The trafficking of young girls will be addressed in a manner that the MWCD hopes will culminate in a specific government position to oversee this particular problem.
“This is going to remain one of the most focused areas of my ministry this year. Ideally, we should have a Trafficking Commissioner. We are also trying to make the MWCD a nodal monitoring agency along with the Ministry of Home Affairs in this regard,” Minister Gandhi said.
Incentivized community programs and workshops will be strategically launched as a way to engage men and boys in the fight for gender equality.
“The ministry… has joined hands with the Ministry of Education to soon introduce a competition for ‘Gender Champions’ among school boys. It will be implemented across the country, (and) will have prizes for those who uphold respect for women,” said the Minister, adding it will be available to boys from fifth grade onward.
Also included in the new policy were plans to create shelters for thousands of widows, single, deserted, separated and divorced women and give them opportunities to get back on their feet. In a culture that holds a lot of taboo around the role and status of women, this may play a role in dismantling the stereotypes around the most vulnerable women in Indian society.
Digital technology will be utilized to enhance safety measures for women in a similar way we are seeing it being used around the world including here in the US.
“We are also bringing in measures like introducing a panic button in cell phones which will be connected to police stations. It should be in place by this January. The ministry is also working on developing a mobile application through which ten people the user chooses will get a shout in need who may reach her sooner than the police,” said Minister Gandhi.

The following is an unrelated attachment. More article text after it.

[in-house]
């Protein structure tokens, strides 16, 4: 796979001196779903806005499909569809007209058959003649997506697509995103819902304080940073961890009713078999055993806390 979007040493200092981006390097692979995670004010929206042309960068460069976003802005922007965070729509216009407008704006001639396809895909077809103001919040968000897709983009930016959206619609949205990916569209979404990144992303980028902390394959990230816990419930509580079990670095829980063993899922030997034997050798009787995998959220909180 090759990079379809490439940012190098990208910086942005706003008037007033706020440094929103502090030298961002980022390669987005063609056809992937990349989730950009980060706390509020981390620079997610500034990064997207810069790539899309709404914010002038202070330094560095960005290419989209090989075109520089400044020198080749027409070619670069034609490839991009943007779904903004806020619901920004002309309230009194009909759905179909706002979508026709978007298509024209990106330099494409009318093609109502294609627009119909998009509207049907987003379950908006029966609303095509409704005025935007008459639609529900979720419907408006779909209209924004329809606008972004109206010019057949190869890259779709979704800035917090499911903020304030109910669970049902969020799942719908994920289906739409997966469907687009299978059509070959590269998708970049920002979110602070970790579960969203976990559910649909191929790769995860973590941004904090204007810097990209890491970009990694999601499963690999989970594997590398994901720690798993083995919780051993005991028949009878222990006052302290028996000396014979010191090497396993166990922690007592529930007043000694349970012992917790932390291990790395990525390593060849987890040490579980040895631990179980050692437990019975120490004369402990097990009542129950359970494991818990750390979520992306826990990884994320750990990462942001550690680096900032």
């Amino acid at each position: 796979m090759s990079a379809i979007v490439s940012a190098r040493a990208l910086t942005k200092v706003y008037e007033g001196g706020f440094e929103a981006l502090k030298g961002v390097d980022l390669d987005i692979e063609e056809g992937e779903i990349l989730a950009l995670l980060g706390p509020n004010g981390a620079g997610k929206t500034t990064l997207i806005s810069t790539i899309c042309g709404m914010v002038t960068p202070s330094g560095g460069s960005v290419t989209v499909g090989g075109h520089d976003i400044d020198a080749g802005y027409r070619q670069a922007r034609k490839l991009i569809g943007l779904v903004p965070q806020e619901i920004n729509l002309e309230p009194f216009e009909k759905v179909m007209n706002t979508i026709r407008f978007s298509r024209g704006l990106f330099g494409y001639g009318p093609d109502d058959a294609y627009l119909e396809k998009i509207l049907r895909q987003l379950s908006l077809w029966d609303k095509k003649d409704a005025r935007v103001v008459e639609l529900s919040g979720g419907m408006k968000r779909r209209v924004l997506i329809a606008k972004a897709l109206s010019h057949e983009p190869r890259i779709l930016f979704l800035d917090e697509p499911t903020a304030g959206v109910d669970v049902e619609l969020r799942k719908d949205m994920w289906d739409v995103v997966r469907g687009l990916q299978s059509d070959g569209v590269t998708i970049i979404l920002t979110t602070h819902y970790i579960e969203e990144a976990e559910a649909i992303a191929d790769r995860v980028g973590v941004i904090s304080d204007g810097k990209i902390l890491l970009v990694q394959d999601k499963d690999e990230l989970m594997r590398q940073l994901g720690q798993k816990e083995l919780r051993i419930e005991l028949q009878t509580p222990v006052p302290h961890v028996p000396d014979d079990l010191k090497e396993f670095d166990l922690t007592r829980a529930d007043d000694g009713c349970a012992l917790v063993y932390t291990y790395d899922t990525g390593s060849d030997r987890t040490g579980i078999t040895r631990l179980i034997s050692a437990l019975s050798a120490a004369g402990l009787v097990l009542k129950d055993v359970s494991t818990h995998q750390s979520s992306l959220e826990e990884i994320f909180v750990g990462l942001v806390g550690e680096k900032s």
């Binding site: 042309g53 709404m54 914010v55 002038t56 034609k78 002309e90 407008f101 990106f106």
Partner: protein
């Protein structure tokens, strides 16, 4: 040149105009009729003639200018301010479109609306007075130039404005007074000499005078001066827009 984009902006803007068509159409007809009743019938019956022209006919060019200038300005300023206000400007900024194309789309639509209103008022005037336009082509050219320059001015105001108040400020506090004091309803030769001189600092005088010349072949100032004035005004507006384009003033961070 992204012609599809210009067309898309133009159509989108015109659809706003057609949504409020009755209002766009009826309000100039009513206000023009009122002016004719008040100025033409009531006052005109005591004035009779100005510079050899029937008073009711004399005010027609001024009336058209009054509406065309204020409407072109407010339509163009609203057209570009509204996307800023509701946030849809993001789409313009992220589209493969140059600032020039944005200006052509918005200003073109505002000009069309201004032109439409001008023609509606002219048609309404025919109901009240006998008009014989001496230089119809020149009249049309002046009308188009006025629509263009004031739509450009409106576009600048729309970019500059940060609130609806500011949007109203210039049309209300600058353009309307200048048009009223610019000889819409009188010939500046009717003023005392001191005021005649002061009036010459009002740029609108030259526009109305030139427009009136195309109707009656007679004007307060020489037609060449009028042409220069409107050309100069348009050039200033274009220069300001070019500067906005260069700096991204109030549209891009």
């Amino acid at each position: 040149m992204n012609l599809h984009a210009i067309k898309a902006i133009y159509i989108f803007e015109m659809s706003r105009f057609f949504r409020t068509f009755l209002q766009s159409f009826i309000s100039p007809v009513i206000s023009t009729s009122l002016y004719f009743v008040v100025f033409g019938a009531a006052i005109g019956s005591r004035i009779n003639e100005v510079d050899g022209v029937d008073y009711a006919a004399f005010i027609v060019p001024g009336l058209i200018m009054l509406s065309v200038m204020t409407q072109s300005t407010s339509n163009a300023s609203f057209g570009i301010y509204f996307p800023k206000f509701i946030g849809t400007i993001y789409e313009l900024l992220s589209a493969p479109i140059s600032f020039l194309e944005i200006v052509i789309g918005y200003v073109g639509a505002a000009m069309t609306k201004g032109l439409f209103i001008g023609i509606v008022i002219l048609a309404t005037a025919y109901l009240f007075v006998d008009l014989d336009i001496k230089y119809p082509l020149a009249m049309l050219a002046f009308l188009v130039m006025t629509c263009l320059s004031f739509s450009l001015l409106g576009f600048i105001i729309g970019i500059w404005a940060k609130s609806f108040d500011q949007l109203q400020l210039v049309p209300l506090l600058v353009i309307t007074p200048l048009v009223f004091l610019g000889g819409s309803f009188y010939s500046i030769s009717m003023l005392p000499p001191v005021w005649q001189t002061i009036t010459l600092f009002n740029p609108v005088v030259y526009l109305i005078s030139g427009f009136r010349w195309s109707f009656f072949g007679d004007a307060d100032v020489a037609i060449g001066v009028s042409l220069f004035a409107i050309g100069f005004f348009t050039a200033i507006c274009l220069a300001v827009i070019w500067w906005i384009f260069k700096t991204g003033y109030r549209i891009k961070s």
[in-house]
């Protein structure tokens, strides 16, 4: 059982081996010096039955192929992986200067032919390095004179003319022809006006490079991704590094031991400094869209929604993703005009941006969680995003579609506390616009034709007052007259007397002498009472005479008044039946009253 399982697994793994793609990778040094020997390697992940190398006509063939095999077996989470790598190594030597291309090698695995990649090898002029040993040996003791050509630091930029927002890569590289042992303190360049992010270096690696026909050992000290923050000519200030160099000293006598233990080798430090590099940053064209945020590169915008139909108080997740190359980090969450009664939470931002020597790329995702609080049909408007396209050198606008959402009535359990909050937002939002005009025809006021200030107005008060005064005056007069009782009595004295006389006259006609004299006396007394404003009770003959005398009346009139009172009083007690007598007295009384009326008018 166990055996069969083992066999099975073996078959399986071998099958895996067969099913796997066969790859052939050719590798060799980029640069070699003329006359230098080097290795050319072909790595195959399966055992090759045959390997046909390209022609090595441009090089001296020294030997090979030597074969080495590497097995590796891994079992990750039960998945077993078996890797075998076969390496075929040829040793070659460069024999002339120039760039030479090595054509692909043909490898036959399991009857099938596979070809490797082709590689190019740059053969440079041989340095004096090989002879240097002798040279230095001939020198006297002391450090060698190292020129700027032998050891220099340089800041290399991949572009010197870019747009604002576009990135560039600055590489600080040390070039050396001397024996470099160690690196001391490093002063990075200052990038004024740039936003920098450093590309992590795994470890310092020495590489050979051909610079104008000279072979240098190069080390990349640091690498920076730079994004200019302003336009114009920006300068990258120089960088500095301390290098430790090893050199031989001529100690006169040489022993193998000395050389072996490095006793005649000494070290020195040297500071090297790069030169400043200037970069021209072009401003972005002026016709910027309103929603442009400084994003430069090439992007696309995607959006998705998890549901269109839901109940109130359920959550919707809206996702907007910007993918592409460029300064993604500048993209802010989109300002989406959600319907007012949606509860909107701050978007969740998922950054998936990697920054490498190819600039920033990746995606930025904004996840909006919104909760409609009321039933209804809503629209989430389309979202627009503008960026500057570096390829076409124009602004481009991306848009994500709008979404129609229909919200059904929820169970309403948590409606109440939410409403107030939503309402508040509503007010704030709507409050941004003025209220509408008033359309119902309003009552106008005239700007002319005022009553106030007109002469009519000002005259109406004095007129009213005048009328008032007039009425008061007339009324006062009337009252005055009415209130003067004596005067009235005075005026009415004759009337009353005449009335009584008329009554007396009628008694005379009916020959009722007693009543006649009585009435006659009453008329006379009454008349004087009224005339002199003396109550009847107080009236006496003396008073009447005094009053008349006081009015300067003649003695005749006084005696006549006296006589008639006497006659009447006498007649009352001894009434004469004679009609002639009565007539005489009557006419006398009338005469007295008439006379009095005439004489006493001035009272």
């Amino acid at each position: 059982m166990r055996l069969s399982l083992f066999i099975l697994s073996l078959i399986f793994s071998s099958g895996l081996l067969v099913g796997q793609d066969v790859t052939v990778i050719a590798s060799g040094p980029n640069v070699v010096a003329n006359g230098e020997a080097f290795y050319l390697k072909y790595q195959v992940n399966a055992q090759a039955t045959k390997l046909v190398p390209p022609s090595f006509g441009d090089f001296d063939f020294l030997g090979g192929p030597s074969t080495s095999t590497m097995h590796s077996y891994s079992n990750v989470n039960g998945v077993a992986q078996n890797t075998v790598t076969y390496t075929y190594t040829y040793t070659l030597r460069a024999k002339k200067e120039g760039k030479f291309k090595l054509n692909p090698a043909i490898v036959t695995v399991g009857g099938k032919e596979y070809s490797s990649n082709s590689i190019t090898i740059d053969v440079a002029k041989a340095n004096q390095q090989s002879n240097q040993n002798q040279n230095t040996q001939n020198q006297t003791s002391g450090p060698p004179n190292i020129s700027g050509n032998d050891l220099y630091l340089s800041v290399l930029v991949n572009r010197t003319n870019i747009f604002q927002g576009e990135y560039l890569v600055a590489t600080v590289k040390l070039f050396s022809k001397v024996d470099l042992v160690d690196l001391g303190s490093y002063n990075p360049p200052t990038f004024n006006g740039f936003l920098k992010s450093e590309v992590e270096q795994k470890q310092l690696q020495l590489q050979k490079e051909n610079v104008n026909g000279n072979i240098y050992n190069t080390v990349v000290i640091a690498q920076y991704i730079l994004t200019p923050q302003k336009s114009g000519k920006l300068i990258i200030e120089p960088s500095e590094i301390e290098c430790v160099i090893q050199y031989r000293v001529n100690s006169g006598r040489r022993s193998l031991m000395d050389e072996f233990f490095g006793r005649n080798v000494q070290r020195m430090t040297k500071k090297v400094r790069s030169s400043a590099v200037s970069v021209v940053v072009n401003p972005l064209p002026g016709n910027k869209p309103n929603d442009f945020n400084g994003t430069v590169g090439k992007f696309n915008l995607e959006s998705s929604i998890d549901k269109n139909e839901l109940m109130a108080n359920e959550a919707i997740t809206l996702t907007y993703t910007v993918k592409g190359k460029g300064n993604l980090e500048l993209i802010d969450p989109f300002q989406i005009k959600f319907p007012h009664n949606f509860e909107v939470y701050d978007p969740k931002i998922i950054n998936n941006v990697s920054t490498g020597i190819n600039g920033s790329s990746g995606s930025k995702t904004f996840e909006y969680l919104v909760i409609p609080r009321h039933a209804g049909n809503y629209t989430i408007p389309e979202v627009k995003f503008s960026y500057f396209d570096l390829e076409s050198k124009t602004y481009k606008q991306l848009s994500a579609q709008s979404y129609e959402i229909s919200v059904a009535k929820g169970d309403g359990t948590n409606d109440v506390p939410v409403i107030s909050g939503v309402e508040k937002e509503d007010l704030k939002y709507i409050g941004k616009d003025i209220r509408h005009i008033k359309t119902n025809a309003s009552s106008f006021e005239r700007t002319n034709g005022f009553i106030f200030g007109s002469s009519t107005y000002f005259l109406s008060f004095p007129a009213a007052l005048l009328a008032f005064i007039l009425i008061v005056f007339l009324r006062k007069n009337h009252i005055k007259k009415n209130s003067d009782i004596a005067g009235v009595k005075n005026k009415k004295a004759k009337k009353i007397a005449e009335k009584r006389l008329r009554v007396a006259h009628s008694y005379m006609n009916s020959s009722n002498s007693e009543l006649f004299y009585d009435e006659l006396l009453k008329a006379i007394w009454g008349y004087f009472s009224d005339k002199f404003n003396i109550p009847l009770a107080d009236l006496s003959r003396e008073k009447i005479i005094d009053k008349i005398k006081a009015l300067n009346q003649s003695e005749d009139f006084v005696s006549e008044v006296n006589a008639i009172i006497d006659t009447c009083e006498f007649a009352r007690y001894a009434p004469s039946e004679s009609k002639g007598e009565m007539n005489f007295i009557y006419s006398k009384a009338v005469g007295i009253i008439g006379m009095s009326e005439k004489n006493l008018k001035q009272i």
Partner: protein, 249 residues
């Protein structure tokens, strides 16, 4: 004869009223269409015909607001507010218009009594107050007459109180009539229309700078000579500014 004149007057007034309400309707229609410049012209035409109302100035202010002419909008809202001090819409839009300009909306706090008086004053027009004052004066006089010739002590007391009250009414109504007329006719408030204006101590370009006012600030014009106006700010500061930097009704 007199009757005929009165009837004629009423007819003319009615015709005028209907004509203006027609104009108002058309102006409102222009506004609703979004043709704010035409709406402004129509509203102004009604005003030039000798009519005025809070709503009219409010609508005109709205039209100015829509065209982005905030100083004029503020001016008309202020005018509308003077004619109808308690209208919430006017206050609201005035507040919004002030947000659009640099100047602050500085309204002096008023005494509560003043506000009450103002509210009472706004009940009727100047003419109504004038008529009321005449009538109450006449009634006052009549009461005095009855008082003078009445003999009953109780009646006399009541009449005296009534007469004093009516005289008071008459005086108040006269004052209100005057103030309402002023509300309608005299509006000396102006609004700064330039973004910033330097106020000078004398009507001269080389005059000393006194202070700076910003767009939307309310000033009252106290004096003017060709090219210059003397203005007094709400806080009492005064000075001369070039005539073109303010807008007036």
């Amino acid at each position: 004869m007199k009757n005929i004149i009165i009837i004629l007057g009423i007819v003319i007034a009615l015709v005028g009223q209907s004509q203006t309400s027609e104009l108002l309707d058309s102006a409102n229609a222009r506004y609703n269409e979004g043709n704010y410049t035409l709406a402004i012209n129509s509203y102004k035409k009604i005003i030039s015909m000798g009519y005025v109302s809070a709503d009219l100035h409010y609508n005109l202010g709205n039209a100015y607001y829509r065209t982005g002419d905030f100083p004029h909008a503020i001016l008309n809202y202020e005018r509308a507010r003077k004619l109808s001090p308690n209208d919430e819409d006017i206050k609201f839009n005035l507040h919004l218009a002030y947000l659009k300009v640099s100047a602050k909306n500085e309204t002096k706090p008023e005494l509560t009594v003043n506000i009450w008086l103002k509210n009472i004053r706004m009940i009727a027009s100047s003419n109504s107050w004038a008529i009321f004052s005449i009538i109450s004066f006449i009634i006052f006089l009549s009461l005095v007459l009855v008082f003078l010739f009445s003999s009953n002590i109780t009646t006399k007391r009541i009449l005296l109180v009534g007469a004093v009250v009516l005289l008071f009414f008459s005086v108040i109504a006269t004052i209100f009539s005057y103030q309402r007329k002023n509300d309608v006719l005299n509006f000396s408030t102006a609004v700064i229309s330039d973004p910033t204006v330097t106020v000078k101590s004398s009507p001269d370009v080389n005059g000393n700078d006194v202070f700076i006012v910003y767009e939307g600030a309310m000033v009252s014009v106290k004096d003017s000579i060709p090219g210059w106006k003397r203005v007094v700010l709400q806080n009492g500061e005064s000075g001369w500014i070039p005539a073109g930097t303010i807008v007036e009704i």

NDTV reported that this new policy is also a part of India’s participation in the UN’s Sustainable Development Goals effort, launched in 2015 as a way to engage member states to commit to 17 target objectives in order to alleviate global poverty by 2030. One of the goals is gender equality, and the Indian government is viewing their new national policy for women as part of their ongoing effort to ensure this is a reality.
Before the draft policy was released by the MWCD, Maneka Gandhi attended the 60th Session of the Commission on the Status of Women at the United Nation headquarters in March. It was there she told those in attendance that women’s issues in India, especially new issues, are being raised much more easily and more often than before, and they hope to continue this.
“Ensuring gender equality, promoting women’s empowerment and combating discrimination and violence against women are integral to our national pursuit of forging inclusive society and development. We have adopted both enabling legislative and policy framework for advancement of women and undertaken awareness generation and sensitization programs to fight social prejudices and stereotypes,” she said.
Along with solutions to existing problems, the policy hopes to engage more women to participate in the workforce, in politics, and to create more entrepreneurial opportunities for them. They want to see a shift in the way society values women for unpaid labor and those who work in traditional industries like agriculture. We certainly hope the perspective on women will also change along with the societal barriers they face in India today.